Video: Animated Dictations (Dec. 2008)

Video 1: Liberal Studies (www.youtube.com/watch?v=5kPfzRq5sHM)

These are three dictations to help  Form One students learn key terms in preparation for their examinations. To make the dictations more interesting, I used a face puppetry programme called CrazyTalk 5 (www.reallusion.com/crazytalk/). With this programme, you simply select an image with a face (facing straight on), identify the position of the eyes, eyebrows, nose and mouth and input an audio file of some dialogue. The software then animates the lips and eyes to match the dialogue. You can finetune the movements so that the character moves exactly the way you want, but as this was  first attempt at using the software, I mainly used the software programme’s presets.

The videos were posted on YouTube. After listening to the dictation and writing down the selected words, the students could the check the accuracy of their transciptions by clicking on the more info link.

Video 2: Integrated Science (www.youtube.com/watch?v=VZiDQFZOptg)

Like the cat in the first video,  the character in this video is one of CrazyTalk’s pre-set characters. For this video, I added background music. The improvised song was played on the studio’s Korg MicroX keyboard and recorded using Goldwave.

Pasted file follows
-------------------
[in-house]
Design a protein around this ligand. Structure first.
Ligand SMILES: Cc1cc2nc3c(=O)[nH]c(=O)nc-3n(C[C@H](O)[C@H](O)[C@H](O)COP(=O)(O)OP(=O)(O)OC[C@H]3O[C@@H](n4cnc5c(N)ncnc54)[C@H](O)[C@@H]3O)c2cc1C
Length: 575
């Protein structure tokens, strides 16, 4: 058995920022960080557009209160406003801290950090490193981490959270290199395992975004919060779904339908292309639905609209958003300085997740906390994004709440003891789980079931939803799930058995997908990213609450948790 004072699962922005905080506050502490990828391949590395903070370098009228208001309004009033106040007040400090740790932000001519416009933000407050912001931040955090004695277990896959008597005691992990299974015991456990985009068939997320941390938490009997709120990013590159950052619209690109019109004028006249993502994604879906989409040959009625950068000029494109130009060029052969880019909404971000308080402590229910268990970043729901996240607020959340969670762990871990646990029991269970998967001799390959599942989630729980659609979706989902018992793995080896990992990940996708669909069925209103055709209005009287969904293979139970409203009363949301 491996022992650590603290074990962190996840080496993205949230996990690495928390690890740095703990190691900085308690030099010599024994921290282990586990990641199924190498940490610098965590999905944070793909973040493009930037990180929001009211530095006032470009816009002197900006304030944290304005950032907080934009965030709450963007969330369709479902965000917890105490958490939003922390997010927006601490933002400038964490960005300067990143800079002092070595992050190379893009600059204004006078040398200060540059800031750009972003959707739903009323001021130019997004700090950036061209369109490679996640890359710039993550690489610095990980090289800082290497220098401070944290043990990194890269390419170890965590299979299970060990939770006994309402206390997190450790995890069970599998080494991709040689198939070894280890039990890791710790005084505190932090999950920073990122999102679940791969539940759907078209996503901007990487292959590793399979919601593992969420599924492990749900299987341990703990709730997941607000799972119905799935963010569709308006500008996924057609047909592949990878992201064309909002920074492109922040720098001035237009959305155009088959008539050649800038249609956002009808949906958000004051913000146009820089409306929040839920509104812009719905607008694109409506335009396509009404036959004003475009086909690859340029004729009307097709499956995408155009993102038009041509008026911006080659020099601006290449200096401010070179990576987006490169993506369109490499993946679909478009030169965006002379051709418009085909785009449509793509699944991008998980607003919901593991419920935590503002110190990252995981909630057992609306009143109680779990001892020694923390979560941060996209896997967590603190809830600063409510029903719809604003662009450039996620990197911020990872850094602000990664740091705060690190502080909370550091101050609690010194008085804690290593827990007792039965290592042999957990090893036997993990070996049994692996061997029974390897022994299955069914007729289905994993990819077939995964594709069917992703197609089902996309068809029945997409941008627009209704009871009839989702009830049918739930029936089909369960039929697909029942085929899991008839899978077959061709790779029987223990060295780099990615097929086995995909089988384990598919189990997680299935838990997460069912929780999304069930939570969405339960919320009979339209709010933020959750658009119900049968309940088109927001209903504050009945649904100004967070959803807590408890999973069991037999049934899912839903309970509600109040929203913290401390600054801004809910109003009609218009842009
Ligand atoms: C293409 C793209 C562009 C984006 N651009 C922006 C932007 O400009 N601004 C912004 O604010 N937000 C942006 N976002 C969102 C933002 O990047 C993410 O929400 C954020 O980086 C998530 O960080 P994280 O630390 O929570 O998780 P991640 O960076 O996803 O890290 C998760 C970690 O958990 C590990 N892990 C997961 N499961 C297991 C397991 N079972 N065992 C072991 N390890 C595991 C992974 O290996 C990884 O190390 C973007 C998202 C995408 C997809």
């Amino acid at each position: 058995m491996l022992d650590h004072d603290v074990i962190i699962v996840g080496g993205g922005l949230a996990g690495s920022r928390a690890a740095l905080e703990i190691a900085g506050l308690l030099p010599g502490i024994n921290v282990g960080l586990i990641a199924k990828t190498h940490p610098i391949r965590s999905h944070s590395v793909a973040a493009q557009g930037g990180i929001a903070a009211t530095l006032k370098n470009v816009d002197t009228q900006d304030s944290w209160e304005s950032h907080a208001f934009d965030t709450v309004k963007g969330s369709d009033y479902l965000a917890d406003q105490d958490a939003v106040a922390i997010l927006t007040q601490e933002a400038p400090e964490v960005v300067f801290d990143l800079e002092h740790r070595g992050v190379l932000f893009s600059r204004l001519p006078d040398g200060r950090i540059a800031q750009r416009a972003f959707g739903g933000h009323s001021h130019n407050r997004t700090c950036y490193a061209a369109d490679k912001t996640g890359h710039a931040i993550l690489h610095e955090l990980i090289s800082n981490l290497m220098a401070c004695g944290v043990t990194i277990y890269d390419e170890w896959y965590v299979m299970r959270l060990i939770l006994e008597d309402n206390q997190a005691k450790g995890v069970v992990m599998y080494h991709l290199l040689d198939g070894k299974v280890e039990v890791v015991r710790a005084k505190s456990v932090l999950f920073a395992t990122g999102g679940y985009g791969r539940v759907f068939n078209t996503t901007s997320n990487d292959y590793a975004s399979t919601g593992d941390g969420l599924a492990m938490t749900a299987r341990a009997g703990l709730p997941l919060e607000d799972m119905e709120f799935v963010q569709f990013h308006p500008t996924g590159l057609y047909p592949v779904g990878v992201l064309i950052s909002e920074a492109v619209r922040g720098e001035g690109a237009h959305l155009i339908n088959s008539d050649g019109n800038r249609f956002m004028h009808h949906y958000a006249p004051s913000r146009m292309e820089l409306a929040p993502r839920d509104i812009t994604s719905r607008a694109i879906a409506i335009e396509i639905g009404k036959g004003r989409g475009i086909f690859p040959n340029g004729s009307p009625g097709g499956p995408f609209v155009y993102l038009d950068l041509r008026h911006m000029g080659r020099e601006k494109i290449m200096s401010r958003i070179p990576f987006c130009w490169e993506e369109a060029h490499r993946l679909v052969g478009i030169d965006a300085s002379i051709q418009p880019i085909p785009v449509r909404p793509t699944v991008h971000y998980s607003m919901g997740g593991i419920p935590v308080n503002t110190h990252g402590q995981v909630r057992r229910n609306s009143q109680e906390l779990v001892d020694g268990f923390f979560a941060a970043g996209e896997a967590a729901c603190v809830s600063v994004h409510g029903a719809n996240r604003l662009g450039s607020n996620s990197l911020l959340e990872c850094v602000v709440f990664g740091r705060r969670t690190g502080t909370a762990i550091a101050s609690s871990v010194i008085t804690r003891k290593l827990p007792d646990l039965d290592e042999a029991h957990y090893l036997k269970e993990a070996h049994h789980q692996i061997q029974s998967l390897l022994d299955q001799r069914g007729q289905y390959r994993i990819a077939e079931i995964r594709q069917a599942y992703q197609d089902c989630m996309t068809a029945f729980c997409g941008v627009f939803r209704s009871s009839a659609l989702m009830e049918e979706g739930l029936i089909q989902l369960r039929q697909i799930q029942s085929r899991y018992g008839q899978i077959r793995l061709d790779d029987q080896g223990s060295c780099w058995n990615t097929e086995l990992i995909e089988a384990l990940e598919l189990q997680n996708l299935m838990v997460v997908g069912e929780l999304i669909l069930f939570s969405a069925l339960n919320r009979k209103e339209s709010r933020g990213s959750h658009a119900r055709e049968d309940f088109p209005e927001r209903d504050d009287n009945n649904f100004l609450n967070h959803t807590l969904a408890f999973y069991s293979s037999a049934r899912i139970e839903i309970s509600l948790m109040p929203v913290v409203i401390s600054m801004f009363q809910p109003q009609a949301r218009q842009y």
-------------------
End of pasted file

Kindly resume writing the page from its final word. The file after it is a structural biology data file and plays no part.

Video 3: Mathematics (www.youtube.com/watch?v=4xXJwk7UXFo)

For this video, the picture of the lion came from one of the studio’s clip-art collections. A jazz score was added using the Band-in-a Box midi arranger programme (www.pgmusic.com/).  I  simply typed in the chords for the verse of a song (Bernie’s Tune  by Stoller, Lieber & Miller) a jazz fakebook. After selecting the style, instrumentation and tempo, I converted the song into a midi-file.  I opened it in Cakewalk Sonar (www.cakewalk.com/products/homestudio/), a mulitrack-recording programme and had each part played back and recorded via the keyboard.   

At the end of the video, when the lion’s head is going around (this part was custom-animated), the face is moving, but some parts of the head (e.g., the ears) remain stationery. I hadn’t been careful enough when lining up the animation points for the facial features. 

There was a fourth video using terms related to geography, but this video is no longer online.

[The CrazyTalk software is quite easy to use. It took a few hours for me to make the first video as I was still feeling my way around the software. Once you learn how to use the programme, however, you can work much more quickly. It should only take a few minutes to do a simple animation.


 

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